If ranked-choice voting doesn’t reduce political acrimony and makes our ballots more complicated, potentially disenfranchising voters as a consequence, then why should Nevadans support it?
The answer is the increased percentage for minor-party candidates I mentioned earlier — voters are more comfortable expressing their electoral preferences when they know their first choice doesn’t have to be their only choice. I personally have struggled with the desire to vote for a candidate I actually liked against the logic of voting for a candidate who might actually win, and I’m not alone. Ranked-choice voting also eliminates the so-called “spoiler effect” — the oft-overstated idea that support for, say, Green Party candidates exists, where it exists, at the expense of Democratic Party candidates — by allowing supporters of minor-party candidates to vote for major-party candidates as their second or subsequent choices.
No, ranked-choice voting won’t solve all of our political ills. The McPoliticization of American politics — the way arguments over national issues are overwhelming local parties and interests — is fed in no small part by the fact individual candidates must campaign under strict donation limits while political action committees can receive nearly limitless funding. Consequently, candidates struggle to have their voice heard through the din created by better funded single-issue advocacy groups, corporations, and labor unions, none of whom have any reason to moderate their message and every incentive to refuse to. Politicians, for all their faults, are at least accountable to their voters — the same can’t be said for the NRA or the CCEA, who are only accountable to themselves. If anyone in our electoral process should have the ability to throw millions of dollars’ worth of advertisements at us, it should be the people we’re actually voting for.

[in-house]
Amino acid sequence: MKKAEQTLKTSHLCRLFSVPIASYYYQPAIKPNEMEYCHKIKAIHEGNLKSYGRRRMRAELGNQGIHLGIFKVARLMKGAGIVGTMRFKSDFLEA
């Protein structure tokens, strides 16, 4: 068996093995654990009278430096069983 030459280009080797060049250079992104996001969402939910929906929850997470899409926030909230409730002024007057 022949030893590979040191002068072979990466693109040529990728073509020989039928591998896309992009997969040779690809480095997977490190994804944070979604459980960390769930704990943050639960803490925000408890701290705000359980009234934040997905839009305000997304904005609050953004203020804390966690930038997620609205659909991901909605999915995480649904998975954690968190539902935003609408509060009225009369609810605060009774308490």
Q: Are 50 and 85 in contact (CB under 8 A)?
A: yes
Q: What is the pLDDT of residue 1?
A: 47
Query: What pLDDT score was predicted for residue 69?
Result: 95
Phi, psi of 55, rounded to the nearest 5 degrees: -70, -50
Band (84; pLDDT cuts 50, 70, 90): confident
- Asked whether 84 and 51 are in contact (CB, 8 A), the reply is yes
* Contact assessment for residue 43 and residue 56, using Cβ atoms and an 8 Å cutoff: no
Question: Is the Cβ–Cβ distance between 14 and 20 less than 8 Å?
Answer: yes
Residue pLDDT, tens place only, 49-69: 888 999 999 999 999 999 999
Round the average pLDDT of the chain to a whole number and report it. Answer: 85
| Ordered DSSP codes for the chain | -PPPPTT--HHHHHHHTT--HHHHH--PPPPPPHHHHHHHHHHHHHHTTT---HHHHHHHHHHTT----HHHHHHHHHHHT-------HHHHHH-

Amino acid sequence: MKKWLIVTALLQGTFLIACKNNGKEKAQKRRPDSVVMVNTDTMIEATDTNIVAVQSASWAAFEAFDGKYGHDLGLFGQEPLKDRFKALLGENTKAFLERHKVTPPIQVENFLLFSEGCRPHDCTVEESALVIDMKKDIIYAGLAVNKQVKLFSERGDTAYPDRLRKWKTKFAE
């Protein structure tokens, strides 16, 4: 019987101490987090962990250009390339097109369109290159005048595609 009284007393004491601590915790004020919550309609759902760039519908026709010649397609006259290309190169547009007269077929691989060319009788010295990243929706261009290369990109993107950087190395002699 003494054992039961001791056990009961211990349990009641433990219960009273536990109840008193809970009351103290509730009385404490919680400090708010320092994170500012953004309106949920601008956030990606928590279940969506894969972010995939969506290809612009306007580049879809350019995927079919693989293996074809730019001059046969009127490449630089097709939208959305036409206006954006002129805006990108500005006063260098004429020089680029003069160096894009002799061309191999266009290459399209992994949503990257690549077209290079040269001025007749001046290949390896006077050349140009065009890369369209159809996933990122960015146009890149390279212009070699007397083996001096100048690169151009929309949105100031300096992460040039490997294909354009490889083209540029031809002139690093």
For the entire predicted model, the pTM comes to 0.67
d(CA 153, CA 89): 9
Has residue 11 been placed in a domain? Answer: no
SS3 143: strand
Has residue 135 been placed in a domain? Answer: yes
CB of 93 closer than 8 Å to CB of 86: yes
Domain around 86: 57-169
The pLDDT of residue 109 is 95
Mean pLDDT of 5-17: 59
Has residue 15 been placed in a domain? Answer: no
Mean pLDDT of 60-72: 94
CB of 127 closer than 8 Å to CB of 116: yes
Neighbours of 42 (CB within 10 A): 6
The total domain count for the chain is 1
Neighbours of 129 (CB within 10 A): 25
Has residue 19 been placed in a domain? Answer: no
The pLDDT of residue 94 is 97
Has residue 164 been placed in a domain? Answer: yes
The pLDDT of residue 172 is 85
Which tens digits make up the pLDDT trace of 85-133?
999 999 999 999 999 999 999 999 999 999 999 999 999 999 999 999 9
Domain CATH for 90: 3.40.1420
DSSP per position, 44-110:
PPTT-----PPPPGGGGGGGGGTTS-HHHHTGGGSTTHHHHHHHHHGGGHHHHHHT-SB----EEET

Even so, ranked-choice voting would make our politics a little bit better and a little more representative of our voices and desires. Implementing it in Nevada would be a small win, but a small win is still a win.
David Colborne was active in the Libertarian Party for two decades. During that time, he blogged intermittently on his personal blog, ran for office twice as a Libertarian candidate, and served on the executive committee for his state and county Libertarian Party chapters. He is now an IT manager, a registered non-partisan voter, and the father of two sons. You can follow him on Twitter @DavidColborne or email him at firstname.lastname@example.org.